It almost feels inevitable that talk about religion – any religion – inevitably turns to their views on sex, even when you’re talking about a faith that prides itself on enlightenment like Buddhism.
People want to know, though, whether or not Buddhists are allowed to have sex and if they are, whether are there any restrictions on their personal sex lives as well as how their sex lives influence their relationship with their faith.
Yes, Buddhists are allowed to have sex. There are no rules in Buddhism that encourage believers to abstain. At least not just for the sake of abstention, anyway.
Let’s dig a little deeper, shall we?
Are Buddhists Allowed To Have Sex?
Though it is certainly true that Buddhist monks and Buddhist nuns have traditionally refrained from having sex, that has a lot less to do with the religion itself discouraging this kind of behavior and instead more of a pursuit of self-control over human impulses on the pathway to enlightenment.
Yes, there are lots of Buddhists that choose (with choose being the operative word) to abstain from sex, sometimes for short durations, sometimes for longer blocks of time, and some even take this to the extreme and abstain completely.
Most of these Buddhists, though, decide to walk this path only to improve their own self-control and to show themselves that they and they alone are able to have power and influence over their body and their actions.
This can be hugely beneficial for folks in the Buddhist faith, especially those that are looking to unlock even more karmic power as they approach their next rebirth.
All that said, there are no spiritual punishments that Buddhists can anticipate from sex – though there are obviously things linked to sex that can certainly cause negative karma and a less than ideal rebirth moving forward.
Can Buddhists have sex before marriage?
Yes, pre-marital sex is okay in Buddhism as long as you’re committed to one another and in a loving relationship.
Can Buddhist Monks Have Sex?
Sex as a Buddhist monk is almost always something to be avoided, particularly for monks and nuns that are choosing to follow the rules established by the Vinaya Pitaka.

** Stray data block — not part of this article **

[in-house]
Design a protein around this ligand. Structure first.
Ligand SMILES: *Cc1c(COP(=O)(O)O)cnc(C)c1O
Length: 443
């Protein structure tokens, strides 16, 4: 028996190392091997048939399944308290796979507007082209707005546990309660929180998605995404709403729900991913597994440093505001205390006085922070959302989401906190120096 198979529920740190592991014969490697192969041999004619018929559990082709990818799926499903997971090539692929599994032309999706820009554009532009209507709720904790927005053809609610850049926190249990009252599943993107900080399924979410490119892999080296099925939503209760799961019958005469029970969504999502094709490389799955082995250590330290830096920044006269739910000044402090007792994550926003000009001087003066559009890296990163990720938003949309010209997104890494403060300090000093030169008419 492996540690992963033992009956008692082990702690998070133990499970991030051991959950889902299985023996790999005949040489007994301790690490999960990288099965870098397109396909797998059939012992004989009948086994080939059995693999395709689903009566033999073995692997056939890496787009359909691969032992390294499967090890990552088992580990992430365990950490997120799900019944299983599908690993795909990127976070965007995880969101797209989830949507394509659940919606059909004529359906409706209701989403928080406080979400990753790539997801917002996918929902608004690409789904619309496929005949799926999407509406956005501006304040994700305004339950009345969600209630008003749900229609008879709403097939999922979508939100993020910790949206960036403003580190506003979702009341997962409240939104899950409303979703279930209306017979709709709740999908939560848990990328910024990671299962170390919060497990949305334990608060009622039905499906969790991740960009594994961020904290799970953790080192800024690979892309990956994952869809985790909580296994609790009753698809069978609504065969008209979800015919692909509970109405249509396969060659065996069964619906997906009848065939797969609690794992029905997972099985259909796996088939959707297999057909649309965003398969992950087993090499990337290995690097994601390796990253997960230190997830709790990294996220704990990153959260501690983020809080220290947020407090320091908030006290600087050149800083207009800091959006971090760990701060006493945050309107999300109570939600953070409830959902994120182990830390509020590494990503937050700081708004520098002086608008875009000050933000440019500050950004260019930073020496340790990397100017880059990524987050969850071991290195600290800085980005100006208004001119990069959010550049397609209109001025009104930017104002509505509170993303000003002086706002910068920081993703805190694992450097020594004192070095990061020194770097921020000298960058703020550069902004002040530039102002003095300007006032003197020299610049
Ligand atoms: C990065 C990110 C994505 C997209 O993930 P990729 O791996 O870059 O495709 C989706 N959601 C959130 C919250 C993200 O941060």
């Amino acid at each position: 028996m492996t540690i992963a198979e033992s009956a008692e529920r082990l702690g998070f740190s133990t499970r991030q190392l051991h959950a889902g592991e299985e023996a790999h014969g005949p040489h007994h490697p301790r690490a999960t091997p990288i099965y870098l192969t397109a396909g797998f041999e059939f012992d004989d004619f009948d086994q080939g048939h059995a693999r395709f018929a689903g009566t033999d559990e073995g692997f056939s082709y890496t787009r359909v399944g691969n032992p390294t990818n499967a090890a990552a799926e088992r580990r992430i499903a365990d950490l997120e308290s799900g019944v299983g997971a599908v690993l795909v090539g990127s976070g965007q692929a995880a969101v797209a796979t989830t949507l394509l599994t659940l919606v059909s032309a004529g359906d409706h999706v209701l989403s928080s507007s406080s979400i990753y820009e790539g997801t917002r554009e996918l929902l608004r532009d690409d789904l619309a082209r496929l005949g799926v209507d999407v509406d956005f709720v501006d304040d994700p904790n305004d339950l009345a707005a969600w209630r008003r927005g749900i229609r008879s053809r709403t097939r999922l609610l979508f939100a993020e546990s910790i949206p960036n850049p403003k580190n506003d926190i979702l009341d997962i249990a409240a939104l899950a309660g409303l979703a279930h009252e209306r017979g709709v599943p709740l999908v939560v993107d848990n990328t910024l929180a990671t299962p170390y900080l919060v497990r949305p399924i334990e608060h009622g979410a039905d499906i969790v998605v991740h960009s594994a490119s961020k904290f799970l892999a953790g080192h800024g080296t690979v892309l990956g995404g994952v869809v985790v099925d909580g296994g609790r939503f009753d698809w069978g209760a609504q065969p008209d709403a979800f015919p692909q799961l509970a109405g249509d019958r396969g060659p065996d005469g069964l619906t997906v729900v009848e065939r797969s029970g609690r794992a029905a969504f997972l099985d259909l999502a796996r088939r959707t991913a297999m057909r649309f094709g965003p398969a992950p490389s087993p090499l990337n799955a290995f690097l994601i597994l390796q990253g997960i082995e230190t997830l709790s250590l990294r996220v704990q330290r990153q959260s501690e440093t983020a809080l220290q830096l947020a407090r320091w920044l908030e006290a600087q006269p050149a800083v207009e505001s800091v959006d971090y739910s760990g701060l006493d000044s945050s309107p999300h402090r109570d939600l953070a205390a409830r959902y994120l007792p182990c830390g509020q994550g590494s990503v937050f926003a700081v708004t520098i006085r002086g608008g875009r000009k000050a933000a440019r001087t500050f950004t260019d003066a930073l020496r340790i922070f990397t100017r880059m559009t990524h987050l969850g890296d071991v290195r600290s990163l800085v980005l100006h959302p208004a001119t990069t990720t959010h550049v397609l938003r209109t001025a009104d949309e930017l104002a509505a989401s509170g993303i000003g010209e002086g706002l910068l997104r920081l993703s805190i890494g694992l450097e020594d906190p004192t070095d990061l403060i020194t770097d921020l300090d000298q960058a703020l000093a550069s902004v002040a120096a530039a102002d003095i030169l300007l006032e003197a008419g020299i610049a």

These rules state that any monk or nun that chooses to engage in sexual intercourse is considered to have been “defeated”, with those individuals expelled almost automatically from that monastic order.
Interestingly enough, however, Japanese Buddhist monks seemed to take an almost complete opposing view of sex to this one.
In fact, Buddhist monks in Japan were often very heavily associated with enjoying sex, having a lot of sexual relationships, and even maintaining sexual relationships with prostitutes as well as geishas.
Once again, this all circles back to the idea of Buddhism not having strict rules and guardrails but instead encouraging people to lead lives that they themselves would consider enlightened.
Those wishing to deal with any potential negative (or positive) karmic actions upon their rebirth can choose their own path.
The more “mainstream” view of sex through the lens of Buddhism is that individuals should neither be particularly attached nor crave sex, but shouldn’t abstain just to abstain or punish themselves, either.
After all, abstention done to punish the mind or the body is really evidence of a lack of control and a lack of enlightenment.
Many modern Buddhists have sex without shame or fear of spiritual reprisal through this lens.
Buddhism on Homosexuality
The view that Buddhism has on homosexuality (and other “alternative” sexualities) is a little bit muddied.
On the one hand, Buddhists teach that sensual desires in general are hindrances on the pathway to enlightenment when they burn uncontrollably.
The Third Precept of Buddhism also admonishes followers against what is described as sexual misconduct – but is defined no further than that.
There are certain sects of Buddhism that do not believe in or embrace homosexuality or other alternative sexualities.
There are other groups, though, that fully embrace these kinds of sexual lifestyles so long as they are engaged in on the path to enlightenment and not just for pure carnal pleasure.
Buddhism is a lot less stringent in regards to sex than a lot of people realize, and that a lot of people would probably assume.
This doesn’t necessarily mean that Buddhists take a “free-for-all” view on sex and sexuality, but like most things, Buddhists believe that the individual path toward enlightenment is the individual’s path and nothing more.